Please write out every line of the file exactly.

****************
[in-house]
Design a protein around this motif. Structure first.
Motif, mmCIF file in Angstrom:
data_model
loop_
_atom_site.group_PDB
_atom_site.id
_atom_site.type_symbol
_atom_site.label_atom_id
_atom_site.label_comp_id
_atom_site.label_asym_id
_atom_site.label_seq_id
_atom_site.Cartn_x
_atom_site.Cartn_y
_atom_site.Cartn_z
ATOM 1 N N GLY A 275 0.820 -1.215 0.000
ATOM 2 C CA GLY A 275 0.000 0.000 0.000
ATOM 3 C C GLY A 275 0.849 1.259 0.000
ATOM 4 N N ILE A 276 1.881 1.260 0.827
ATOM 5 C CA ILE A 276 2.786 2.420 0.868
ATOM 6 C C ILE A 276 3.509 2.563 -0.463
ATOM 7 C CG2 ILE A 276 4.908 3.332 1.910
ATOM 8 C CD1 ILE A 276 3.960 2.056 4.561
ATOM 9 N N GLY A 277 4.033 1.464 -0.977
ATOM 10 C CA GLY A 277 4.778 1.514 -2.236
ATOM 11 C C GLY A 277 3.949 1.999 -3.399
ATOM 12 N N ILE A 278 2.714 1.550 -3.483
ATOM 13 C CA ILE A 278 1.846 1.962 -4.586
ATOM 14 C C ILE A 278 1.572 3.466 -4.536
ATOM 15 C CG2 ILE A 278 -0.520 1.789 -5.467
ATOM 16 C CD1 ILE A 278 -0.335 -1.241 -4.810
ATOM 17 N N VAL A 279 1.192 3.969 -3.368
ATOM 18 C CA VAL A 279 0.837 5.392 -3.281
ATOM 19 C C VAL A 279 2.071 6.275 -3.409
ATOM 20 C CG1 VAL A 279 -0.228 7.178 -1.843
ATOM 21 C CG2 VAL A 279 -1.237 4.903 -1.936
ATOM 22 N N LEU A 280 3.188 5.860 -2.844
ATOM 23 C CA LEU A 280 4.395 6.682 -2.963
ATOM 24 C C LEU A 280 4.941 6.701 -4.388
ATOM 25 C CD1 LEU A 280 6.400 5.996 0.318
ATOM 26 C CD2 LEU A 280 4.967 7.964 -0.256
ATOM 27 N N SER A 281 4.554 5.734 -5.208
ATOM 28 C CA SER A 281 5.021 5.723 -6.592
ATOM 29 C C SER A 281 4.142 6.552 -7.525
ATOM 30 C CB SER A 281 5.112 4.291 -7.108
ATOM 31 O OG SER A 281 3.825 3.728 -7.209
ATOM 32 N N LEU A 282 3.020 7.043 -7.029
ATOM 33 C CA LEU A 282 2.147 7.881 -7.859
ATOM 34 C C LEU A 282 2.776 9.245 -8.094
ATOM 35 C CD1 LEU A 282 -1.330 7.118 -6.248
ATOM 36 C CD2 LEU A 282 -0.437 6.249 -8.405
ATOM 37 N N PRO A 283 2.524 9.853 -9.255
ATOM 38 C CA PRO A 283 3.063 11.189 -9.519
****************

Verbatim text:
[in-house]
Design a protein around this motif. Structure first.
Motif, mmCIF file in Angstrom:
data_model
loop_
_atom_site.group_PDB
_atom_site.id
_atom_site.type_symbol
_atom_site.label_atom_id
_atom_site.label_comp_id
_atom_site.label_asym_id
_atom_site.label_seq_id
_atom_site.Cartn_x
_atom_site.Cartn_y
_atom_site.Cartn_z
ATOM 1 N N GLY A 275 0.820 -1.215 0.000
ATOM 2 C CA GLY A 275 0.000 0.000 0.000
ATOM 3 C C GLY A 275 0.849 1.259 0.000
ATOM 4 N N ILE A 276 1.881 1.260 0.827
ATOM 5 C CA ILE A 276 2.786 2.420 0.868
ATOM 6 C C ILE A 276 3.509 2.563 -0.463
ATOM 7 C CG2 ILE A 276 4.908 3.332 1.910
ATOM 8 C CD1 ILE A 276 3.960 2.056 4.561
ATOM 9 N N GLY A 277 4.033 1.464 -0.977
ATOM 10 C CA GLY A 277 4.778 1.514 -2.236
ATOM 11 C C GLY A 277 3.949 1.999 -3.399
ATOM 12 N N ILE A 278 2.714 1.550 -3.483
ATOM 13 C CA ILE A 278 1.846 1.962 -4.586
ATOM 14 C C ILE A 278 1.572 3.466 -4.536
ATOM 15 C CG2 ILE A 278 -0.520 1.789 -5.467
ATOM 16 C CD1 ILE A 278 -0.335 -1.241 -4.810
ATOM 17 N N VAL A 279 1.192 3.969 -3.368
ATOM 18 C CA VAL A 279 0.837 5.392 -3.281
ATOM 19 C C VAL A 279 2.071 6.275 -3.409
ATOM 20 C CG1 VAL A 279 -0.228 7.178 -1.843
ATOM 21 C CG2 VAL A 279 -1.237 4.903 -1.936
ATOM 22 N N LEU A 280 3.188 5.860 -2.844
ATOM 23 C CA LEU A 280 4.395 6.682 -2.963
ATOM 24 C C LEU A 280 4.941 6.701 -4.388
ATOM 25 C CD1 LEU A 280 6.400 5.996 0.318
ATOM 26 C CD2 LEU A 280 4.967 7.964 -0.256
ATOM 27 N N SER A 281 4.554 5.734 -5.208
ATOM 28 C CA SER A 281 5.021 5.723 -6.592
ATOM 29 C C SER A 281 4.142 6.552 -7.525
ATOM 30 C CB SER A 281 5.112 4.291 -7.108
ATOM 31 O OG SER A 281 3.825 3.728 -7.209
ATOM 32 N N LEU A 282 3.020 7.043 -7.029
ATOM 33 C CA LEU A 282 2.147 7.881 -7.859
ATOM 34 C C LEU A 282 2.776 9.245 -8.094
ATOM 35 C CD1 LEU A 282 -1.330 7.118 -6.248
ATOM 36 C CD2 LEU A 282 -0.437 6.249 -8.405
ATOM 37 N N PRO A 283 2.524 9.853 -9.255
ATOM 38 C CA PRO A 283 3.063 11.189 -9.519